Sunday, July 05, 2015

There is No End to the Rabbit Hole with The Pact II: A Movie Review

*full disclosure: a Blu-ray screener of this film was provided by IFC Films.

Directors/writers: Dallas Richard Hallam and Patrick Horvath.

Cast: Caity Lotz, Camilla Luddington and Scott Michael Foster.

It is strange to see a trailer as part of the film you already possess. It is even stranger to see that trailer mislabelled as The Pact (2012) and not The Pact II. Unfortunately, this is only the first step in a strange viewing experience, involving the Judas Killer. This time, the Judas Killer, who was killed in the first film, has a murderous admirer. More bodies begin to turn up, all around the protagonist, June (Camilla Luddington). But, who is this new killer? There will be many misdirections to lead you down the wrong path and all of the obfuscation grows tired, during a second viewing. A theme of surveillance is touched upon, but there are too many unfleshed and forgotten ideas here. Even the usual horror tropes were not enough to unsettle this viewer.

In the previous film, Annie Barlow (Caity Lotz) killed her father, the Judas Killer. In the second film, this serial killer has had another daughter, by another woman. This time Jenny Glick is the mother. And, the demon spawn is June, who is also the sister of Annie. This dysfunctional family has drawn the attention of another sadistic killer, who likes to murder and leave behind strange drawings: "he showed me the way." These bloodstained words will give viewers a clue to the real killer. But, the film has a lot of wrong paths to go down, before the killer's identity is revealed.

The plot sounds good on paper, alone. In the first film, the Judas Killer was terrifying because he was always so close to his victims. He lay beneath the floorboards or behind a wall and no one knew he was there. This time the killer is right in plain view. The creepy stalking is minimized. Instead of a great stalk or chase sequence or two, much of the violence occurs offscreen, or bloody settings are shown after events. June moves through these settings as a crime scene cleaner. A supernatural element is played with and underdeveloped. An unconscious element, involving the death of another character, is introduced, but it feels unrelated to the occurrences onscreen. Meanwhile, the film is moving towards a weak ending. That ending is further stretched by the likelihood of a second sequel, via an open ending. This viewer has had his fill of the Judas Killer.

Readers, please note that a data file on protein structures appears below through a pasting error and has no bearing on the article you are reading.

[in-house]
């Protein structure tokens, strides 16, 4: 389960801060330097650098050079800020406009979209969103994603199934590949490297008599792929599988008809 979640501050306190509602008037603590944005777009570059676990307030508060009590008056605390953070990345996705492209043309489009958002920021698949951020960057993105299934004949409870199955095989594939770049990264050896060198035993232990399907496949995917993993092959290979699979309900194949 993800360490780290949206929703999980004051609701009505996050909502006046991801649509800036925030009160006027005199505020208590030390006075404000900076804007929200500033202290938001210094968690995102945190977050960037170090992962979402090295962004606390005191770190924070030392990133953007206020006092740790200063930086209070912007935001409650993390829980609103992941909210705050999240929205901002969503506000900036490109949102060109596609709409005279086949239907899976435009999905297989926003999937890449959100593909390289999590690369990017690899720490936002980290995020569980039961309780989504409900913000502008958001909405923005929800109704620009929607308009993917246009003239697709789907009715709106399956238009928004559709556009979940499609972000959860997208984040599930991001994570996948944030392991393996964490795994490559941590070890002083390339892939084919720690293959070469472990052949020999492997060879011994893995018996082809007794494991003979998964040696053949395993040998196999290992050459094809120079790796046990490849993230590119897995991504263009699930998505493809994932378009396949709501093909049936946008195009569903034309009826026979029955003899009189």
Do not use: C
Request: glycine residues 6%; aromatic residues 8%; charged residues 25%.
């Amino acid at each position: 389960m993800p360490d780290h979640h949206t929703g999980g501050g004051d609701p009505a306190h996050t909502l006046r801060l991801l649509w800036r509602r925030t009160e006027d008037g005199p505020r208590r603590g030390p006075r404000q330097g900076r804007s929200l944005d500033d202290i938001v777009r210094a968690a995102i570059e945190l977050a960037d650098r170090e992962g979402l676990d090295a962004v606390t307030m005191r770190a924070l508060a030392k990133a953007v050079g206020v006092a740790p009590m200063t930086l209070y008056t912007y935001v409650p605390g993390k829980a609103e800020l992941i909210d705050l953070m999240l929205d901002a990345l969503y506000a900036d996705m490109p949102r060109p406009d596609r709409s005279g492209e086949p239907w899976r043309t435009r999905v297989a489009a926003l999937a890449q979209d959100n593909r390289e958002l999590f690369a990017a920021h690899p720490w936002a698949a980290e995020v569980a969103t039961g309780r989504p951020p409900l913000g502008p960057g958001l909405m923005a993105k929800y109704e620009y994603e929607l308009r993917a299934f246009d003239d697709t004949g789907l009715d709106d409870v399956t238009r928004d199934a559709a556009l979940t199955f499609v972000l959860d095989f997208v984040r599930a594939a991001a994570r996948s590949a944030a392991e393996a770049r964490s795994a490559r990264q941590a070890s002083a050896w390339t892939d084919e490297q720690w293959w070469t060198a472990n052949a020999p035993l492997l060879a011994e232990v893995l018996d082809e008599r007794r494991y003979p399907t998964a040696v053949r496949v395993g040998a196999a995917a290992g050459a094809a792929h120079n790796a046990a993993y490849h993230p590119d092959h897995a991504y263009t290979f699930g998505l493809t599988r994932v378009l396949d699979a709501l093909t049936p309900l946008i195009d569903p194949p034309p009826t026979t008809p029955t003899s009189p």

Another underdeveloped film element is one on the theme of surveillance. June is being surveilled by another character. She is being stalked. June even senses that she is being watched when she says to an FBI agent: "are you following me?" But, there is more than one character who is watching June. As well, surveillance was an important element in the first film. The Judas Killer did much more watching than killing. He seemed to delight in just creeping up close to his victims. In the second film, the voyeuristic elements are much more benign and disappointing.

It is difficult to follow-up an excellent film with another. The first film was one of this horror fans favourite films, from 2012. The Pact had a a dark moodiness and creepiness that was memorable. The late reveal was also well done. The magic of the first film is partially lost here. Unfortunately, it is not unusual for studios to put less money into a sequel. Though, this title rarely appears cheap (outside of some sound quality issues), it does come across as only partially developed. Script ideas, from a supernatural entity and a cartoonist drawing her own unconscious torments, are interesting; yet, June only solves part of her own disturbing childhood experiences. Horror tropes, including the mirror trick (a character appearing with the closing of a medicine cabinet), are repeated here. Guess what? There is a paranormal entity under a bedsheet. Thanks The Grudge 2 (2006). Only a shadow on an opposing wall, with the words "Upon Reflection," on a poster offer any curiosity. Most scenes do not unravel June's inner torments quite so well. And, The Pact 2 will not make many Best Of lists, for 2015.

The Pact II should not be actively avoided, but it should not be sought out, neither. It does play with misdirection and it does tease a return of the original Judas Killer. It is just that the actual killer is one-dimensional. Hauntings are minimized to a few scenes. Also, the return of Annie Barlow does help increase action elements and pacing. She only appears in the final act, however. June must deal with a few personal issues and she does have a character arc. It would just have been better to have had a few ideas taken to a conclusion. As it is, The Pact II is just another return to the well and this well has mostly dried up.

Overall: 6.5 out of 10.

*there is a continuity error at 25:45, on the Blu-ray version. Who is that sitting behind June?

*viewers might notice that only the copycat killer sees Judas, in the final frames. This shows the character's delusion, more clearly.

A trailer for the film is hosted here:

The Pact II Trailer on 28DLA

Recommended release: The Pact Available through Video-on-demand

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